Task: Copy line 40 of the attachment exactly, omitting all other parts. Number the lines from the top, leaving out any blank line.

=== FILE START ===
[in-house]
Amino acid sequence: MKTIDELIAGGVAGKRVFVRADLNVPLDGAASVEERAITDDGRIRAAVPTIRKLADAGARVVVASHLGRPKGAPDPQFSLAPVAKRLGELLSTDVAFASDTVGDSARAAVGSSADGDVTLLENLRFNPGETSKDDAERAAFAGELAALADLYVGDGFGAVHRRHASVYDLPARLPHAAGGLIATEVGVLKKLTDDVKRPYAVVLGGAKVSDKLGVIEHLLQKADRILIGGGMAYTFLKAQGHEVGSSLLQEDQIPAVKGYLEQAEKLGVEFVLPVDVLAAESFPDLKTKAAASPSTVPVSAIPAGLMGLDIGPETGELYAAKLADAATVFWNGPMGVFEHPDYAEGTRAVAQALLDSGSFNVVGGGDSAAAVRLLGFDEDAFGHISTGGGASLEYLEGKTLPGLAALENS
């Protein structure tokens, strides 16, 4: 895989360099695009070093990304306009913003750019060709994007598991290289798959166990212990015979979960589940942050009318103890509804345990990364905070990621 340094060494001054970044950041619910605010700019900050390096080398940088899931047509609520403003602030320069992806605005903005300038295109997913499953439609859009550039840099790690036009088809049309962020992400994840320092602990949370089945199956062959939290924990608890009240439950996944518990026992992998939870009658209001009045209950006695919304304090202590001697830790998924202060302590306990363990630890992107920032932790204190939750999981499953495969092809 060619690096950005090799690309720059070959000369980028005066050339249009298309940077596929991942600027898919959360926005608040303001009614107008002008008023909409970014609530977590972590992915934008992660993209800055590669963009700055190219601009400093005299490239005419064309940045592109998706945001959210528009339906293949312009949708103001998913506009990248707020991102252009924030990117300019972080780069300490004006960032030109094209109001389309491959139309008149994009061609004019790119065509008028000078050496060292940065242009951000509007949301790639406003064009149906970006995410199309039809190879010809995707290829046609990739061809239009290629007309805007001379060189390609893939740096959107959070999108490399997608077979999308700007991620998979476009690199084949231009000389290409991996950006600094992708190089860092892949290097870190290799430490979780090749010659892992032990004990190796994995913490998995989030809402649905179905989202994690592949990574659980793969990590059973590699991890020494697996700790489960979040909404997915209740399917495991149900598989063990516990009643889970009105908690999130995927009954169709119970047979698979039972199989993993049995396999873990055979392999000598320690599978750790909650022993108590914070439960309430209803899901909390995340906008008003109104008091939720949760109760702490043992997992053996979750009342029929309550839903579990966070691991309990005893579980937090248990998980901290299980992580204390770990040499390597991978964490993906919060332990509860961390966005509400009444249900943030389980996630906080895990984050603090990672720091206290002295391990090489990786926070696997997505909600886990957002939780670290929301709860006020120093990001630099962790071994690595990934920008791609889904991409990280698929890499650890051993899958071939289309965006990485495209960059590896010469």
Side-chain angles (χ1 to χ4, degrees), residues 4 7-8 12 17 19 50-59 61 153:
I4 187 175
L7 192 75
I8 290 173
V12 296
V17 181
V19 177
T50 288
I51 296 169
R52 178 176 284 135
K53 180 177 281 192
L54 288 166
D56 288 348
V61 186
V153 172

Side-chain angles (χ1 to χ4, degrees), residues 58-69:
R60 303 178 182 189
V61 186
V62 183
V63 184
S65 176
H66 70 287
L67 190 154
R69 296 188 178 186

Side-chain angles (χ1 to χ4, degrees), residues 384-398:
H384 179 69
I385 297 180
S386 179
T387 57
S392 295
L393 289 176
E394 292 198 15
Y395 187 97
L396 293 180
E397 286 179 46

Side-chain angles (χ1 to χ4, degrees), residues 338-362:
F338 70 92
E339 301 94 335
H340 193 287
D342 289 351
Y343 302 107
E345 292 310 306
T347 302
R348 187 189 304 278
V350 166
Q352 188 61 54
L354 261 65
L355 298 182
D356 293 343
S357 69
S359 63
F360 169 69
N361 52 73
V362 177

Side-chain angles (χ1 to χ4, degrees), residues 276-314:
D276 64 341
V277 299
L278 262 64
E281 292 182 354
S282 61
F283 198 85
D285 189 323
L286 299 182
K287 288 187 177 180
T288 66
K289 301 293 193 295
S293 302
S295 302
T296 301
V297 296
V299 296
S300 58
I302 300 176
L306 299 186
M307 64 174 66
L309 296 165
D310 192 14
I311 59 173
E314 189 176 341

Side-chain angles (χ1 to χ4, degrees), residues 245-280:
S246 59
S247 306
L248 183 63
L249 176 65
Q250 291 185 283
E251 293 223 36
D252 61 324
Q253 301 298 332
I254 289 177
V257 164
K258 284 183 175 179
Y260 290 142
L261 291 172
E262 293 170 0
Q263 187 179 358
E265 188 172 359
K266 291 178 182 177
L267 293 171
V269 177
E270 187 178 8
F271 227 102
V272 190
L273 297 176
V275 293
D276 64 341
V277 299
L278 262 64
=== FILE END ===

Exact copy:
F338 70 92